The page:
VAPING BANS AND ILLNESSES: MYTHS VS. FACTS FAQ
In 2019, the CDC issued a warning to e-cigarette users about an outbreak of lung injuries associated with both fake THC vape products and nicotine products. Nicknamed EVALI (e-cigarette or vaping product use-associated lung injury), this unfortunate outbreak has brought the risks of using unregulated cannabis products to the forefront.
Although cannabis has been targeted as being at the center of the vaping epidemic, several vaping products and substances have been identified in cases of injury and death. In fact, as of October 15, 2019, only 34% of patients with symptoms of EVALI reported exclusive use of THC-containing products.
After investigating the cases, the CDC found that the additive vitamin E acetate was the common denominator and stated that it is “strongly linked to the EVALI outbreak.” This synthetic form of vitamin E is commonly used by illicit producers as a thickening agent to dilute concentrates, often leaving very little THC.
Although no single device, ingredient, or additive has been identified as the culprit, the Centers for Disease Control and Prevention (CDC) has identified vitamin E acetates as a “chemical of concern” in biologic samples for patients with lung injuries related to vaping use. Other diluting agents and additives have also been identified in samples from patients with vaping-related respiratory illnesses.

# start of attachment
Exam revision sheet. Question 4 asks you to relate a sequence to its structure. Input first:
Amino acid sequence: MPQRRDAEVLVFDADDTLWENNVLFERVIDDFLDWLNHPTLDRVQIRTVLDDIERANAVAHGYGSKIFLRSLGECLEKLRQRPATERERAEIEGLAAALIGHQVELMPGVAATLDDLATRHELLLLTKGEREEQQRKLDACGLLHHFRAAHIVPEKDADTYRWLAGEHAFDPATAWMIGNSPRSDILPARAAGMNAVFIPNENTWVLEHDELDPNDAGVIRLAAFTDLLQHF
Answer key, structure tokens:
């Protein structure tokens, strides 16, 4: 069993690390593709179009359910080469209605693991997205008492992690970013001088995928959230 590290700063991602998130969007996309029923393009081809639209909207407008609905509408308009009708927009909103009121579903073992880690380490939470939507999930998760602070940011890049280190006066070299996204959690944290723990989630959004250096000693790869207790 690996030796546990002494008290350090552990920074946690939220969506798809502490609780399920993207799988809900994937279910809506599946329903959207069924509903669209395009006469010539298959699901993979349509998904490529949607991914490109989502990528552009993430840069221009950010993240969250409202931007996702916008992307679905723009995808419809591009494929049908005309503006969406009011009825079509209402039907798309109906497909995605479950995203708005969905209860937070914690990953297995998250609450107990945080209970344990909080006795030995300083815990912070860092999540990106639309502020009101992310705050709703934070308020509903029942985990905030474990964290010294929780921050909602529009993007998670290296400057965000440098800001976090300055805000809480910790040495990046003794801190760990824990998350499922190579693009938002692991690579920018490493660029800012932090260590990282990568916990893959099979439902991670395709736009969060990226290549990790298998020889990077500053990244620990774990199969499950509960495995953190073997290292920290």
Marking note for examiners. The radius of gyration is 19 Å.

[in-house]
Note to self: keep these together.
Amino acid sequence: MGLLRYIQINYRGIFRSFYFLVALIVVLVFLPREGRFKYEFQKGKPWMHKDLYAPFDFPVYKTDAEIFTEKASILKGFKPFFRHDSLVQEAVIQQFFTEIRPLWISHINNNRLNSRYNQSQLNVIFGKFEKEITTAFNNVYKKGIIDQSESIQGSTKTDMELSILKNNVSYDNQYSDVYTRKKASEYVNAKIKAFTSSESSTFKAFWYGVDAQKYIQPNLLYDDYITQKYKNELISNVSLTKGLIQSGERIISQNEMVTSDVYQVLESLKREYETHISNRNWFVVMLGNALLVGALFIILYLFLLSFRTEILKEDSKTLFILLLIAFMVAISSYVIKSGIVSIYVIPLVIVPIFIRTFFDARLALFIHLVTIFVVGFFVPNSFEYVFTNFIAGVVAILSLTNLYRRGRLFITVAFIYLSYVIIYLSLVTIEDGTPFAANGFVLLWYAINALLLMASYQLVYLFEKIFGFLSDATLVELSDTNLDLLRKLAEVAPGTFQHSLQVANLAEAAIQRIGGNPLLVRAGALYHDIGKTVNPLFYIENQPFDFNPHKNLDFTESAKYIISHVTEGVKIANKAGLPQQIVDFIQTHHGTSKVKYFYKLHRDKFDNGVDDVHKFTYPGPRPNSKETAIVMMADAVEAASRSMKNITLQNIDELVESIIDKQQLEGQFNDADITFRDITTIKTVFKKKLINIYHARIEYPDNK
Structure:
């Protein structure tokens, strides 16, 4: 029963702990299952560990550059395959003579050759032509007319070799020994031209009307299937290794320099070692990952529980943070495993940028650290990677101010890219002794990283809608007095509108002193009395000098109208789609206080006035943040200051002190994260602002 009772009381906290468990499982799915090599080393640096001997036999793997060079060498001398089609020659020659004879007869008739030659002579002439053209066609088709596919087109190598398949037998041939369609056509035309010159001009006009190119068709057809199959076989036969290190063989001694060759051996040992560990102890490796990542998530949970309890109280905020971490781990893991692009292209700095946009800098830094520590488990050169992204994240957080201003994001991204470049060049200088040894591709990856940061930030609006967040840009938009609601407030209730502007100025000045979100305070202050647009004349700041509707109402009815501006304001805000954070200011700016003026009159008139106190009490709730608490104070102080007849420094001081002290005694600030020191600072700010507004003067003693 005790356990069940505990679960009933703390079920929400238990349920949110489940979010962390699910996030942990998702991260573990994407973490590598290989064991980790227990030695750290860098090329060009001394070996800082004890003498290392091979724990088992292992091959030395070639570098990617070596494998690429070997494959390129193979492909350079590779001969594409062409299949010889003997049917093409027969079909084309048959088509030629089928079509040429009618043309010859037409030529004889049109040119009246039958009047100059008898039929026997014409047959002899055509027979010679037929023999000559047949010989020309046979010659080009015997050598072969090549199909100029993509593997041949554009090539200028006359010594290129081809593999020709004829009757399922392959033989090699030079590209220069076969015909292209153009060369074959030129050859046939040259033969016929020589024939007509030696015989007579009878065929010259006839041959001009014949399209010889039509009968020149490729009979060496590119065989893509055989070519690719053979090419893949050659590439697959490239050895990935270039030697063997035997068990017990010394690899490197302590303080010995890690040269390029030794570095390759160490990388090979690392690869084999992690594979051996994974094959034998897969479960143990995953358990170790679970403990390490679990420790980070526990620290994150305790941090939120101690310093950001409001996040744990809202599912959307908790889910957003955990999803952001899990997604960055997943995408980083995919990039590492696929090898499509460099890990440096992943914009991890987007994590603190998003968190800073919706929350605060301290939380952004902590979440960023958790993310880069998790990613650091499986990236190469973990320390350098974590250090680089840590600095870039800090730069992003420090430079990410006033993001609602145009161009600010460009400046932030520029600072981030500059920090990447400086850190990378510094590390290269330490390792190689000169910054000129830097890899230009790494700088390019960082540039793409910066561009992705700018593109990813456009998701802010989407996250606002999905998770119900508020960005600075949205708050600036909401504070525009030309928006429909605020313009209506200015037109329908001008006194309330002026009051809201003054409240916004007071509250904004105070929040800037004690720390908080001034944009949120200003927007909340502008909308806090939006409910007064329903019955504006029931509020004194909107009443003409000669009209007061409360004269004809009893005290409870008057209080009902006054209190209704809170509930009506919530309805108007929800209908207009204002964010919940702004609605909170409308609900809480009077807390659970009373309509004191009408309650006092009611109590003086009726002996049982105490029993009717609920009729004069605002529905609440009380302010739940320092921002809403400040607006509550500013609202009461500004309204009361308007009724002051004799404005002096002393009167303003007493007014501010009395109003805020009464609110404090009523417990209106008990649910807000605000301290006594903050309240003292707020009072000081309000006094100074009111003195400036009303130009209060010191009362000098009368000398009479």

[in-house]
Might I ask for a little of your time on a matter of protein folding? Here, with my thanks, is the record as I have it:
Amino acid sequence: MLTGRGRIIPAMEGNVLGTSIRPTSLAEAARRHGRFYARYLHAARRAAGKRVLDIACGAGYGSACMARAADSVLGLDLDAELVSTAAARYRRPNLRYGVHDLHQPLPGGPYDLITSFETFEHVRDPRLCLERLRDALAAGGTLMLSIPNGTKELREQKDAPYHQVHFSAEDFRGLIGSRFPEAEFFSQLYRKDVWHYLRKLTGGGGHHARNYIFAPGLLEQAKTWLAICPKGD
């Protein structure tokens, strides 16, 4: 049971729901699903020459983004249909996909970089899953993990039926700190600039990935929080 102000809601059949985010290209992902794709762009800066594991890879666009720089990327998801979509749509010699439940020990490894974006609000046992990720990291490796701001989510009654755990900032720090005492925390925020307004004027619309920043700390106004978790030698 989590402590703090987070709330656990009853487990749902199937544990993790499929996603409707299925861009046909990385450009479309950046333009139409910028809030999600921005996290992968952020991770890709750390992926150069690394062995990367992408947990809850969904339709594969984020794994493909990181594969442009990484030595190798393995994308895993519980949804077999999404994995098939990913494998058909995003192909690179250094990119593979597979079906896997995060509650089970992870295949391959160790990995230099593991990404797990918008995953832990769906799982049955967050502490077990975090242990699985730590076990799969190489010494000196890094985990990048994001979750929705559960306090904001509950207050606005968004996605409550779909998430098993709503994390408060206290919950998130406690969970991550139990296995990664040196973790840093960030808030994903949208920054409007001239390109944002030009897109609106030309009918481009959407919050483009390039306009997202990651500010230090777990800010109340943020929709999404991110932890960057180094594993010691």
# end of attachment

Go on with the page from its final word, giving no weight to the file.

National and state findings suggest products from informal sources like friends, family or online dealers “are linked to most of the cases and play a major role in the outbreak,” according to the CDC. EVALI patients are more than nine times as likely to get their vaping product from a dealer, off the street, or from a friend.
Interviews with patients with severe lung injuries related to vaping revealed that the danger is in fact illegal, unlicensed, and unregulated THC vaping products.
Making it more important than ever for cannabis consumers to be aware of the risks so they can avoid using counterfeit THC vape products altogether.
Rather than focusing on the emerging root of the vaping epidemic (e.g., black market products), some policymakers are advocating for a total ban on all vaporizer products. However, this type of blanket ban may only make matters worse by causing more consumers to use potentially dangerous products.
Follow these five steps to ensure that you are buying quality THC vaping products:
- Buy from a dispensary that is licensed to do business in a state where cannabis products are legal.
- Look for signs of fake packaging — check for missing labels, spelling and grammatical mistakes.
- Check the liquid. If it is the consistency of a thin oil or water, it’s likely been tampered with or lacks purity.
- Research the brand. If there isn’t information about it, there is a reason.
- Look for lab test results. Any legal vape cart sold at a dispensary is required to have a label showing the total amount of THC. Some dispensaries also provide total terpenes, cannabinoids, as well as a statement letting consumers know that no Vitamin E acetate was found.